The effect of grazing on angelica on volatile substances, fatty acids, odor and taste of heated lamb was studied. 18 lambs were divided into three equal groups. One was on a traditional pasture, another was 3 weeks and a third 6 weeks before slaughter on a pasture where angelica was predominant. The lambs were 120-140 days old at slaughter. A graphical test, Quantitative Descriptive Analysis (QDA) was used to describe the sensory properties of heated vertebral muscle with surface fat. Volatile fragrances were isolated from aggregate vertebral muscle samples with fat from all three groups and measured on a gas mass spectrometer (GC-MS) to obtain the mass spectra of the substances and thus identify them. Gas chromatography olfactometry (GC-O), based on the odor of substances as they emerge from the gas column, was used to identify odoriferous substances which may be in very small quantities but produce characteristic odors. Fatty acids were measured by gas analysis. The statistical method ANOVA (GLM - General Linear Model) and Duncan`s tests were used to analyze whether experimental groups differed in terms of sensory assessment factors and odorants. Experimental group sensory symptoms were examined by Principal Component Analysis (PCA). The partial least square regression analysis (PLSR) was performed. The model had volatile substances and fatty acids as control variables (X-variables) and statistically significant sensory evaluation factors as response variables (Y-variables). Most of the variability in sensory evaluation results could be explained by whether or not the lambs were on angelica. The meat of lamb angelica had a spicy odor and spice flavor associated with high levels of αpinene, β-phellandrene and octanal and C18: 1 and C18: 2 fatty acids but lamb meat on a traditional pasture had a lamb and wool odor and generally stronger odor and flavor associated with 2-butanone, 3-methyl-3-buten-1-ol and 3-hydroxy-2-butanone and saturated fatty acids. The time spent on angelica explained only the 4.6% variability. The results indicate that special terpenoids i.e. β-phellandrene and α-pinene are characteristic of the meat of lambs that have been on angelica. The results of the project strongly suggest that grazing angelica in the last weeks before slaughter changes the taste of lamb. The study confirms that angelica meat is unique. This feature can then be used in the marketing of the meat.

The influence of finishing traditional grazing lambs on fields of Angelica archangelica on volatile compounds, fatty acids and odor and flavor of cooked meat was studied. 18 lambs were divided into 3 equal groups. One grazing on traditional grassland pasture, one grazing for 3 weeks and one grazing for 6 weeks on Angelica pasture. The lambs were slaughtered at the age of 120-140 days. Quantitative Descriptive Analysis (QDA) was used to describe the sensory attributes of cooked loins with subcutaneous fat. Gas chromatography-mass spectrometry (GC-MS) and gas chromatography olfactometry (GC-O) were used to identify volatile compounds and describe their odors. Fatty acids were analyzed by gas chromatography (GC). Analysis of variance was used to study the influence of treatments on sensory attributes. Relationship between sensory attributes, volatiles and fatty acids was studied using principal component analysis (PCA) and Partial Least Square Regression (PLSR). Most part of the variation in sensory data (95.4%) was explained by the grazing or not grazing on Angelica. Meat of lambs that grazed on Angelica had spicy odor and flavor that correlated with high amount of α-pinene, β-phellandrene and octanal and C18: 1 and C18: 2 fatty acids while the meat of the control lambs that continued to graze on pasture had lamb meat and wooly odors and generally stronger odors and taste that correlated with high amounts of 2-butanone, 3-methyl-3-buten-1-ol and 3-hydroxy-2-butanone together with saturated fatty acids. Only small part of the variation (4.6%) was explained by how long the lambs grazed on Angelica. The results indicate that specific terpenoids, eg βphellandrene and α-pinene can be used as indicators of Angelica pasture. The results strongly indicate that grazing traditional grass pasture lambs on Angelica fields changes the flavor of the meat. The study confirms that the Angelica meat is unique and this can be used in the marketing of the meat.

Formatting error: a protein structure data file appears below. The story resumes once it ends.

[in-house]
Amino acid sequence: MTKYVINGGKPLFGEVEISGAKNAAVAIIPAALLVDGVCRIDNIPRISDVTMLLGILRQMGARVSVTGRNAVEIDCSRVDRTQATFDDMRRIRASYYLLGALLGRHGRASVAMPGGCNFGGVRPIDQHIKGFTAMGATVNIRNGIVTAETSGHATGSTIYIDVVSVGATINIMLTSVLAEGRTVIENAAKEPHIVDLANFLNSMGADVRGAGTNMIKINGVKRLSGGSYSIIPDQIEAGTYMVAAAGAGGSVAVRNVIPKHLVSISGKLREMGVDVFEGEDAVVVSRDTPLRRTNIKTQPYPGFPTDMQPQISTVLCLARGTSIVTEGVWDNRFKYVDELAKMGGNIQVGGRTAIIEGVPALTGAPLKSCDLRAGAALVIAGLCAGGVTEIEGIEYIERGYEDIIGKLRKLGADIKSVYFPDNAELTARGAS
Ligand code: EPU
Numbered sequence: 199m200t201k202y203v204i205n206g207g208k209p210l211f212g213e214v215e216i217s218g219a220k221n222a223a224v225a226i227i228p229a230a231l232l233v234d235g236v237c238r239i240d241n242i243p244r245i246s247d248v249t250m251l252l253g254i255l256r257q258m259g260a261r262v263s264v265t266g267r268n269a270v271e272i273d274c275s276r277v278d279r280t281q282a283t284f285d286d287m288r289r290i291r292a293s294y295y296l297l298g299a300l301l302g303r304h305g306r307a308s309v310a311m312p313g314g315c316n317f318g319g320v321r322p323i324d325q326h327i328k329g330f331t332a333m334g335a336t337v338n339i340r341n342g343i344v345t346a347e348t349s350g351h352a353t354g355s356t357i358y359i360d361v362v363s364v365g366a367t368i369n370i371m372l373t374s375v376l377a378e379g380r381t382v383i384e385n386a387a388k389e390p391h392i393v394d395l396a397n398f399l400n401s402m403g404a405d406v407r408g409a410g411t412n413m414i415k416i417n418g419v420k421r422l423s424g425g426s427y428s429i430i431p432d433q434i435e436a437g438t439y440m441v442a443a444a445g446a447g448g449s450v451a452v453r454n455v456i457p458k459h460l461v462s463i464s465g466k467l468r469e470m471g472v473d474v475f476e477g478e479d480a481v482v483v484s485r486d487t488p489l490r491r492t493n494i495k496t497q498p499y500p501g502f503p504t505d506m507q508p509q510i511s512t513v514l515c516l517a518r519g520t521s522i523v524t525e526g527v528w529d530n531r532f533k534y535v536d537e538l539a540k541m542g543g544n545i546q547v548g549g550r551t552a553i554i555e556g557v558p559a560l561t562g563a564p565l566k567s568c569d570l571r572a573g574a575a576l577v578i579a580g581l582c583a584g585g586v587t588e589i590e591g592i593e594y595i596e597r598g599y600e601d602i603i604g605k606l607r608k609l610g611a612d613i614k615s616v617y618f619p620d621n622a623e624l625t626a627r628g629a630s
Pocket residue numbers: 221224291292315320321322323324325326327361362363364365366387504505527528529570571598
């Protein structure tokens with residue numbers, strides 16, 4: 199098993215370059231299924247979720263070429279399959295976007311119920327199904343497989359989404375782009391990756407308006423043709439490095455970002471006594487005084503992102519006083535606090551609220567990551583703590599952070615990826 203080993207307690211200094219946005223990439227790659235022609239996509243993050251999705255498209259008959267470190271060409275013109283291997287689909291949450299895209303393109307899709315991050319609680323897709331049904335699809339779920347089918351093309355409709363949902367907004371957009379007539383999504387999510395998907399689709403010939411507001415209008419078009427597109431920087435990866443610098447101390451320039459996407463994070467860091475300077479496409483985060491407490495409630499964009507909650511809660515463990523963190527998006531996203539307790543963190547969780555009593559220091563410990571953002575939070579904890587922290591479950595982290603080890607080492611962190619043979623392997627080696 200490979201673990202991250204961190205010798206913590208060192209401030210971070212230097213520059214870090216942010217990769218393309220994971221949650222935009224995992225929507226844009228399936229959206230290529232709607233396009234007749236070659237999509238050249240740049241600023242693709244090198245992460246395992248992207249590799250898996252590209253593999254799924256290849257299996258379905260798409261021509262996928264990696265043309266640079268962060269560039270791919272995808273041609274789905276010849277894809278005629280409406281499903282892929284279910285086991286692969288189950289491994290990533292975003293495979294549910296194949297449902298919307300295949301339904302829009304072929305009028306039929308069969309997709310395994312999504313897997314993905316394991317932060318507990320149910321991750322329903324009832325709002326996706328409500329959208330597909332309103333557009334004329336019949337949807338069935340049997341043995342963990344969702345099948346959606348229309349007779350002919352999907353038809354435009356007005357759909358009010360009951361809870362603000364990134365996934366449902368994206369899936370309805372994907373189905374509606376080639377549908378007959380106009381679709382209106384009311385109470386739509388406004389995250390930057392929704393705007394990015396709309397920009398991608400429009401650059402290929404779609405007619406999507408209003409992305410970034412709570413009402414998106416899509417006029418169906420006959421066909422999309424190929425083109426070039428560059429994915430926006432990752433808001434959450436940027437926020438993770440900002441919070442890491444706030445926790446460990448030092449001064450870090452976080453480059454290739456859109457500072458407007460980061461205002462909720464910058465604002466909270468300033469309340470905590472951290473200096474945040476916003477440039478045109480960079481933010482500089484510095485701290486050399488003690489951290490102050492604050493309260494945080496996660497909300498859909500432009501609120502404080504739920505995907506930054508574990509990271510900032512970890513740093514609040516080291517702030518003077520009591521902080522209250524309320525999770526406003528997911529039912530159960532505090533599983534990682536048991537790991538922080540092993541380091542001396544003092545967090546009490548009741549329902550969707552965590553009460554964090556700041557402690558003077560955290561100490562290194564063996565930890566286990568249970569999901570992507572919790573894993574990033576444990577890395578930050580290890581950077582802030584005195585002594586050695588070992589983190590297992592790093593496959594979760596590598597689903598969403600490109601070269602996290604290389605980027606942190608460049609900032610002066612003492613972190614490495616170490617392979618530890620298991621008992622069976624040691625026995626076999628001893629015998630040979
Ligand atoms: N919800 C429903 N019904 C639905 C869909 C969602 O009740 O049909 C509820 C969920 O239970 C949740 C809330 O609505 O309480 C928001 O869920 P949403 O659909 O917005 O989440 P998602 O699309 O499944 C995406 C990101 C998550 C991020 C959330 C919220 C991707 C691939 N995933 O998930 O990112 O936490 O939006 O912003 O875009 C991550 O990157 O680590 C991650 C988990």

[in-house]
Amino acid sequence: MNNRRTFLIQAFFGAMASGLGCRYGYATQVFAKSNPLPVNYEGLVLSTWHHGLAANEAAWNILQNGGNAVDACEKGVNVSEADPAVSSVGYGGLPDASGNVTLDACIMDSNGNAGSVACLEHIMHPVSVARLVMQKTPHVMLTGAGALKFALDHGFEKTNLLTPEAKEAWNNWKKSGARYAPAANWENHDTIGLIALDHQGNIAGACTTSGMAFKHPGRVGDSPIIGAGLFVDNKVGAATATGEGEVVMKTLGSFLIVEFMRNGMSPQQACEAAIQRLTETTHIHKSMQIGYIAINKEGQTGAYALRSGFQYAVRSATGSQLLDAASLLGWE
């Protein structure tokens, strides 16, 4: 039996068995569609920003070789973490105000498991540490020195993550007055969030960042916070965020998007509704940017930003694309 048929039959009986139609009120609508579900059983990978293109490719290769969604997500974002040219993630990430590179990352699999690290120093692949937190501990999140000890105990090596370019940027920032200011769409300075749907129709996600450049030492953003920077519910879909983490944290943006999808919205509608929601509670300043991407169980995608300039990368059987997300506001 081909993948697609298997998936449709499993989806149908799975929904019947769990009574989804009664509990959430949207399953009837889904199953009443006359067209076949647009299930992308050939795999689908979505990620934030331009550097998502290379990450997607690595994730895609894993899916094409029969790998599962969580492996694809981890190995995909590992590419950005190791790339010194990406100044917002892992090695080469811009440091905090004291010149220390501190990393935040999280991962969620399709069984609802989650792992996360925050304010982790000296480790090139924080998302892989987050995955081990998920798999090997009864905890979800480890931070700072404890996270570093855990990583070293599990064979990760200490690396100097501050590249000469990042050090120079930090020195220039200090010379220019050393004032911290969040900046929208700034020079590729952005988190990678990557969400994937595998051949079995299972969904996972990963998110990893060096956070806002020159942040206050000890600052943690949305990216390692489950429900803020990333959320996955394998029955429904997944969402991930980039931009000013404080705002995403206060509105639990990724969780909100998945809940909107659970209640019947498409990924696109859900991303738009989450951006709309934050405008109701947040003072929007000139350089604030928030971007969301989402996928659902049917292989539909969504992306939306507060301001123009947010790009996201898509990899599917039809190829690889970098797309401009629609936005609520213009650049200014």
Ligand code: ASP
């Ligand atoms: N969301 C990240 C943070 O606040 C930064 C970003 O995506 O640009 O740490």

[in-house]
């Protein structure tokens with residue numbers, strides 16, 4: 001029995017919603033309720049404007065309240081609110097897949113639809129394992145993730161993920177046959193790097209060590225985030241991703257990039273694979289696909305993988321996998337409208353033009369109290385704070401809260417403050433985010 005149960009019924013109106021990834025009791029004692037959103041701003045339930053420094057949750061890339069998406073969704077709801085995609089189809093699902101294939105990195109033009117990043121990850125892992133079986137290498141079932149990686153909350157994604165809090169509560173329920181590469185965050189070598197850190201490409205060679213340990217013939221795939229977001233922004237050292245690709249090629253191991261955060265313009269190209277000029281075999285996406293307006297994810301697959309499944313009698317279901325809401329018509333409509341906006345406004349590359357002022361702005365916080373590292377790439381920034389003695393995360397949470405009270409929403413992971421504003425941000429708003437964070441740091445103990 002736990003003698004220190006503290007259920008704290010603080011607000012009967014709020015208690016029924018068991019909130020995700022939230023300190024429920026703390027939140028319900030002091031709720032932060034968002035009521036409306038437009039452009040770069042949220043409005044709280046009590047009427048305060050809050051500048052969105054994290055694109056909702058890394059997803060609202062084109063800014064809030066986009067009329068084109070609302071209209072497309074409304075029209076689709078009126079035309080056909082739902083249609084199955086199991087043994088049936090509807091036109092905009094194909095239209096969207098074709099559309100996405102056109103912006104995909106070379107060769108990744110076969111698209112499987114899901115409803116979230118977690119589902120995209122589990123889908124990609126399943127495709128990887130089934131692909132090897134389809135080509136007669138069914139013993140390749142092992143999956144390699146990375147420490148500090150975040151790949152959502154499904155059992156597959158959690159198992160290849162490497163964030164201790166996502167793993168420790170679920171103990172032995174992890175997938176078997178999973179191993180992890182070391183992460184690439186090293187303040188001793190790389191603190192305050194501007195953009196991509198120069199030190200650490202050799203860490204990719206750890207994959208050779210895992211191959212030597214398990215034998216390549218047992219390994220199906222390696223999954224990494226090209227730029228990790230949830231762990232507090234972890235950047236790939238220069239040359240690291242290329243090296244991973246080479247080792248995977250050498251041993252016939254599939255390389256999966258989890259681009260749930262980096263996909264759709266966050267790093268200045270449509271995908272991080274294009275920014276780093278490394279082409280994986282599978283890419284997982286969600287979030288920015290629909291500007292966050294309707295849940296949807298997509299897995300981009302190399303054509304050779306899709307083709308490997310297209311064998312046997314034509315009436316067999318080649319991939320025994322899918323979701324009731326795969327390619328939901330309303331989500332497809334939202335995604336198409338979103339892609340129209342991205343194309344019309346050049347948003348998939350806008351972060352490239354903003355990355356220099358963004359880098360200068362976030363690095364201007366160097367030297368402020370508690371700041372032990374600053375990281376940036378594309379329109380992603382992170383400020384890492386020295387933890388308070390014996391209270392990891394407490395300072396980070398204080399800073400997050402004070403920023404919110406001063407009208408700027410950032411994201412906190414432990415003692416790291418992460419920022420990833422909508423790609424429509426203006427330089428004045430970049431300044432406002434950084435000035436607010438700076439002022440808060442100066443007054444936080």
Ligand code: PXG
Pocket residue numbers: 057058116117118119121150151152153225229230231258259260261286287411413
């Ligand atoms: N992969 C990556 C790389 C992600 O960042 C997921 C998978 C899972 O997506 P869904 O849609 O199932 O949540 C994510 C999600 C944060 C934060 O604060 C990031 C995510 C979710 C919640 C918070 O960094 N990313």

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Reports

Air-dried lamb. Forathugun / Air dried products from lamb

Published:

01/03/2009

Authors:

Þóra Valsdóttir, Óli Þór Hilmarsson, Guðjón Þorkelsson

Supported by:

Technology Development Fund

Contact

Þóra Valsdóttir

Project Manager

thora.valsdottir@matis.is

Air-dried lamb. Forathugun / Air dried products from lamb

The aim of the project is to prepare a collaborative project between parties in Iceland, the Faroe Islands and Norway on the development of air-dried lamb products in connection with the establishment of small start-up companies and food tourism.

The report includes a summary and analysis of the state of air drying in Iceland and a survey of market and commercial criteria. The analysis is divided into:

(1) a survey of the status of air-dried lamb in Iceland

(2) the impact of production methods on efficacy, quality and safety: a summary of technical and safety considerations; and

(3) a summary of the criteria for marking the origin and protection of certain products.

Finally, the selection of partners and the formulation of projects related to air drying of lamb are explained.